A robust pipeline can be rejoiced around as cloud service providers continue to push to new frontiers and roll out additional services.

Developments include a leading SaaS provider expanding to support growth in new markets and with the Federal Government as well as an AI-powered commerce platform upgrading to enhance user experience support a rapidly growing customer base.

As digital transformation accelerates, the enterprise vertical continues to be Equinix’s sweet spot led by healthcare, legal and travel sub-segments this quarter and main catalysts to why I keep recommending reader into enterprise software companies.

The chips are being counted with new contracts from Air Canada, a top five North American airline deploying a hybrid multi-cloud strategy, Space X deploying infrastructure to interconnect dense network and partner ecosystems and one of the big four audit firms regenerating networks and interconnecting to multi-cloud to improve the user experience for both employees and clients.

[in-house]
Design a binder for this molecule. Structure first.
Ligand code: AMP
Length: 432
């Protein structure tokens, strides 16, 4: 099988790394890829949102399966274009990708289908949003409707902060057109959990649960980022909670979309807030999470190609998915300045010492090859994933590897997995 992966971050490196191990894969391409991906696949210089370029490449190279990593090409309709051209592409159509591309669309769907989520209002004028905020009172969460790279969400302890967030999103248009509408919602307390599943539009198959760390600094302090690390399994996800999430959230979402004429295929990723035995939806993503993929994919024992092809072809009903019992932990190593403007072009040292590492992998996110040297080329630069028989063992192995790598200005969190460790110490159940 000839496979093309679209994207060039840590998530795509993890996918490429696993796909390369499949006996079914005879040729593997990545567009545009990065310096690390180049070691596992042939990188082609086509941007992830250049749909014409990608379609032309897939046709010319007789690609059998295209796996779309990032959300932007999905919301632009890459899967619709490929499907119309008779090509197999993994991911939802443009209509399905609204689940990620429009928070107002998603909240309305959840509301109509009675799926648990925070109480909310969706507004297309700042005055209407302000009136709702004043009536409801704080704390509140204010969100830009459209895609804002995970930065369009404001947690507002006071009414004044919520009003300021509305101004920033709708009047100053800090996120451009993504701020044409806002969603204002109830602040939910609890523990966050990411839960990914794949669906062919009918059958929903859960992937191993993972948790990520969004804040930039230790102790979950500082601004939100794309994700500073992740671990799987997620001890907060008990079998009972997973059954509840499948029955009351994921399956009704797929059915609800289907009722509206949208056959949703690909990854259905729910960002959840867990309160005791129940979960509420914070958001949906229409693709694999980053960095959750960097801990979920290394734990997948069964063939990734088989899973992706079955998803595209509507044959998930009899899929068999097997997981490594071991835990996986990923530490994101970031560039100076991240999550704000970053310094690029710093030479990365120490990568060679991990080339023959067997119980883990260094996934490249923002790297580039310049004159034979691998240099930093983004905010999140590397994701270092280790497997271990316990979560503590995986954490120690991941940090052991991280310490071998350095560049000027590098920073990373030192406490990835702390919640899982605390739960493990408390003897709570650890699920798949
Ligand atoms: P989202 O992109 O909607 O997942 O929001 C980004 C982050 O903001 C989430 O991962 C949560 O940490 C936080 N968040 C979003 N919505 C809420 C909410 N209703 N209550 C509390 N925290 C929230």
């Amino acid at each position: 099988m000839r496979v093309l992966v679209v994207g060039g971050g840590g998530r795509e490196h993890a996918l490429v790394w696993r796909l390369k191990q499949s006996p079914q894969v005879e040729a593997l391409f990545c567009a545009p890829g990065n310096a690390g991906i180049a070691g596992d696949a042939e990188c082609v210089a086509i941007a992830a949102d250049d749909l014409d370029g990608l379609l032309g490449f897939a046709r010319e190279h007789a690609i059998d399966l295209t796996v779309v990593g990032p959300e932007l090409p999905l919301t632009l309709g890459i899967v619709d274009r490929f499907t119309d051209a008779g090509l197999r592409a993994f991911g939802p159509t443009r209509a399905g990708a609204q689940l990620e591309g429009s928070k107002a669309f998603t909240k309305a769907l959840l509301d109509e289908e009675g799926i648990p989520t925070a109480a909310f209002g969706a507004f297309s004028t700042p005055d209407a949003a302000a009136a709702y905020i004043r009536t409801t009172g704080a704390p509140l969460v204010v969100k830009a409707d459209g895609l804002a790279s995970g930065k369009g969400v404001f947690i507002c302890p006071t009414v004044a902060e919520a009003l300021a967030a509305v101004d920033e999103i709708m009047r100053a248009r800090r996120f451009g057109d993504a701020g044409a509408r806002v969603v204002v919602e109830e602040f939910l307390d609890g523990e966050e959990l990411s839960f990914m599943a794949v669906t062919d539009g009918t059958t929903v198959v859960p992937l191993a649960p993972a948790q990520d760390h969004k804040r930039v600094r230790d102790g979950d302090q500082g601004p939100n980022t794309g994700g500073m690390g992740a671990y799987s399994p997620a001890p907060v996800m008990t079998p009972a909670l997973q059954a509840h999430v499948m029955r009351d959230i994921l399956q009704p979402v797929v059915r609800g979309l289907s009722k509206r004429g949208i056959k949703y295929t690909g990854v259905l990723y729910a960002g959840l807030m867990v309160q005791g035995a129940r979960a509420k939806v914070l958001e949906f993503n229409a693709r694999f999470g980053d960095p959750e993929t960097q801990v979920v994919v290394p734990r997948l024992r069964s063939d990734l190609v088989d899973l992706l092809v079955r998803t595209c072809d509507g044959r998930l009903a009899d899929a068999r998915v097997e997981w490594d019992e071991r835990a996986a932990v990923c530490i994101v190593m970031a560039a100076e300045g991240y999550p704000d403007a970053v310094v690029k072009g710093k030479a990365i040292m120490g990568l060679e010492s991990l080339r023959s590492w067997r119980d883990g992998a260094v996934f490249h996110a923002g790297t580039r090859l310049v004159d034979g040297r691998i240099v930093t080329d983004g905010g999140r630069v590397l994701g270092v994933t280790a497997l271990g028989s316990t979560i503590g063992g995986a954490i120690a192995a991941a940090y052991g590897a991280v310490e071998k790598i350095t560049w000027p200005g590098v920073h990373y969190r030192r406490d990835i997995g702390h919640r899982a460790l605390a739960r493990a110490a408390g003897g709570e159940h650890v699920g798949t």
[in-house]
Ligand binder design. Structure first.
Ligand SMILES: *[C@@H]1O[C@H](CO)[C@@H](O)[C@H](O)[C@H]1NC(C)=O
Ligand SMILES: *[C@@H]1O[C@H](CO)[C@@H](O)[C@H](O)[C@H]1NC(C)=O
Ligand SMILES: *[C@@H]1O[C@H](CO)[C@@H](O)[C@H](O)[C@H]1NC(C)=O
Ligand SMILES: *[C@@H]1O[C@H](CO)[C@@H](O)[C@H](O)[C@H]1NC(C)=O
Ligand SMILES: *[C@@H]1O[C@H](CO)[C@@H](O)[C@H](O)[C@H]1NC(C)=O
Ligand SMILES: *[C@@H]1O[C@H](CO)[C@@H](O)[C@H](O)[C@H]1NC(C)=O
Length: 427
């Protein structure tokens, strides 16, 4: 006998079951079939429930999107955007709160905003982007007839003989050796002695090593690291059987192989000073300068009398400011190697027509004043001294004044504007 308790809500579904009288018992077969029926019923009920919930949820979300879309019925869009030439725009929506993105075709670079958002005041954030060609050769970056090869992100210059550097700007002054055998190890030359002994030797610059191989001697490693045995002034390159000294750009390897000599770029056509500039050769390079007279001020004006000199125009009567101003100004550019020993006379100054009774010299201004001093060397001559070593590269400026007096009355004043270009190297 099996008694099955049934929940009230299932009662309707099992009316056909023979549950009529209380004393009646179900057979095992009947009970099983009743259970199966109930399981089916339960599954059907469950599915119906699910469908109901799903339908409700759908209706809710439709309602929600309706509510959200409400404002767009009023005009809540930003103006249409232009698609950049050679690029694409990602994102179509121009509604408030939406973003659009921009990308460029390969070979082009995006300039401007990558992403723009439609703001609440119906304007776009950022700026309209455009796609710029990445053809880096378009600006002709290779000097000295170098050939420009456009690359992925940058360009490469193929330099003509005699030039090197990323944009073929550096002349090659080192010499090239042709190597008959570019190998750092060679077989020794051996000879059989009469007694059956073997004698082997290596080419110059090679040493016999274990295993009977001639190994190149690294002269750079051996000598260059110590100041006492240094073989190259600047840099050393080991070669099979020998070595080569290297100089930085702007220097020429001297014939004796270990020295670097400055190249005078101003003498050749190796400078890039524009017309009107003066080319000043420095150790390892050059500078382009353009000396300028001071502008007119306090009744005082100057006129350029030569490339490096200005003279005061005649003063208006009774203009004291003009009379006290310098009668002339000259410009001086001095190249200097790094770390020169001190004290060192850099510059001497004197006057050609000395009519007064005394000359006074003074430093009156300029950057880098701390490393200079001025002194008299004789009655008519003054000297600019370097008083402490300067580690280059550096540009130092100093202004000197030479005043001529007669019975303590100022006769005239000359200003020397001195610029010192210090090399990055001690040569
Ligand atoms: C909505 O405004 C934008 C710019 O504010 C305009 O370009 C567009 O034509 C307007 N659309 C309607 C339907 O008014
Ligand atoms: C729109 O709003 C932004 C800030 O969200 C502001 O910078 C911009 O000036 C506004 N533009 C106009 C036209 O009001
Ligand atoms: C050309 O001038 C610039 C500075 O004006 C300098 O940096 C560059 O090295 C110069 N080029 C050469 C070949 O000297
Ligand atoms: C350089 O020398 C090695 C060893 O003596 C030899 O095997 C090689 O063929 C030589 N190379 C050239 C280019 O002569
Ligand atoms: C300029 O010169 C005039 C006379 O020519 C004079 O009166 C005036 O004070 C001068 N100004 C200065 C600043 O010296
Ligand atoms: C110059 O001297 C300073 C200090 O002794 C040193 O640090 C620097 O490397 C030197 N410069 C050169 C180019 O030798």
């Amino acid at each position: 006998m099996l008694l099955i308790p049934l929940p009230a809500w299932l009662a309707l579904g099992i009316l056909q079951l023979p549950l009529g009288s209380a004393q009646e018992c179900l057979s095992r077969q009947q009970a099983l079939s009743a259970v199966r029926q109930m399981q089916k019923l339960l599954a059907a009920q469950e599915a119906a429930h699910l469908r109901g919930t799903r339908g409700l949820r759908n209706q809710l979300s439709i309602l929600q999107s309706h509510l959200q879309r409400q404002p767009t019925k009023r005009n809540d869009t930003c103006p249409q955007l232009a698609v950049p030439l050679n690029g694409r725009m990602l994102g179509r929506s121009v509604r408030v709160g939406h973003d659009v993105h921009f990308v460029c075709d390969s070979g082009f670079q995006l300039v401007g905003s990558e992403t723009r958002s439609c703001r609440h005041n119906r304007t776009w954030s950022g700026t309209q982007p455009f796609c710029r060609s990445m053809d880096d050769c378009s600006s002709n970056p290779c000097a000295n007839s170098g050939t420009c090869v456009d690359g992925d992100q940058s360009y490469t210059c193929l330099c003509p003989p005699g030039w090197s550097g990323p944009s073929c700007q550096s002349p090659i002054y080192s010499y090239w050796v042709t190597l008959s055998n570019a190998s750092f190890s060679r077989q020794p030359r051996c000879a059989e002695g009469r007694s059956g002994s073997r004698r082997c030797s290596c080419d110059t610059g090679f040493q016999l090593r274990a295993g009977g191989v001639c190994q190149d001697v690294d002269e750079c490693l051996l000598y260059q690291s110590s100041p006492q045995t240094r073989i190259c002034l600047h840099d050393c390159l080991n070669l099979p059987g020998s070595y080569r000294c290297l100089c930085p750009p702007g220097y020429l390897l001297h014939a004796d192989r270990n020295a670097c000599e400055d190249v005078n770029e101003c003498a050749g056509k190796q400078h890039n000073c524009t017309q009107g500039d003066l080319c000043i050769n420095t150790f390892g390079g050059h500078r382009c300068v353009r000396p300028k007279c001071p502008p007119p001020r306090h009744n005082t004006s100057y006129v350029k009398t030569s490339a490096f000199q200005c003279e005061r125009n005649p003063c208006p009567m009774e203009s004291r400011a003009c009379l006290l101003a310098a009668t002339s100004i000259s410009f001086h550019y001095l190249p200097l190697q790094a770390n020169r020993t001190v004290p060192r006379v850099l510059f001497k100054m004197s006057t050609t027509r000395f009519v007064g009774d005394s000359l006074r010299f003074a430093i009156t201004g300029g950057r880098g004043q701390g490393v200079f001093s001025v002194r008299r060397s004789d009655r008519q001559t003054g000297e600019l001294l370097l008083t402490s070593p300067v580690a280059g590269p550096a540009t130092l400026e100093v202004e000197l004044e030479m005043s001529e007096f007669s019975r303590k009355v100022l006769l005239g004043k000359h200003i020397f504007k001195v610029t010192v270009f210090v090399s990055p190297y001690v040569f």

Channel bookings also registered continued strength delivering over 20% of bookings with accelerated growth rates selling to Equinix’s key cloud players and technology alliance partners, including Cisco (CSCO), Google (GOOGL), Microsoft (MSFT), and Oracle (ORCL).

New channel wins this quarter includes a win with Anixter for a leading French transportation and freight logistics company deploying mobility platform, as well as a win with AT&T for a top-five U.S. Bank accessing our network and cloud provider.

Management signaled to investors they are expecting a great year with full-year revenue guidance of $5.6B, a 9-10% year-over-year boost and a $25M revision from the previous guidance.

Equinix can boast 65 consecutive quarters of increasing revenues, which eclipses every other company in the S&P 500, and it anticipates 8%-10% in annual revenue growth through 2022.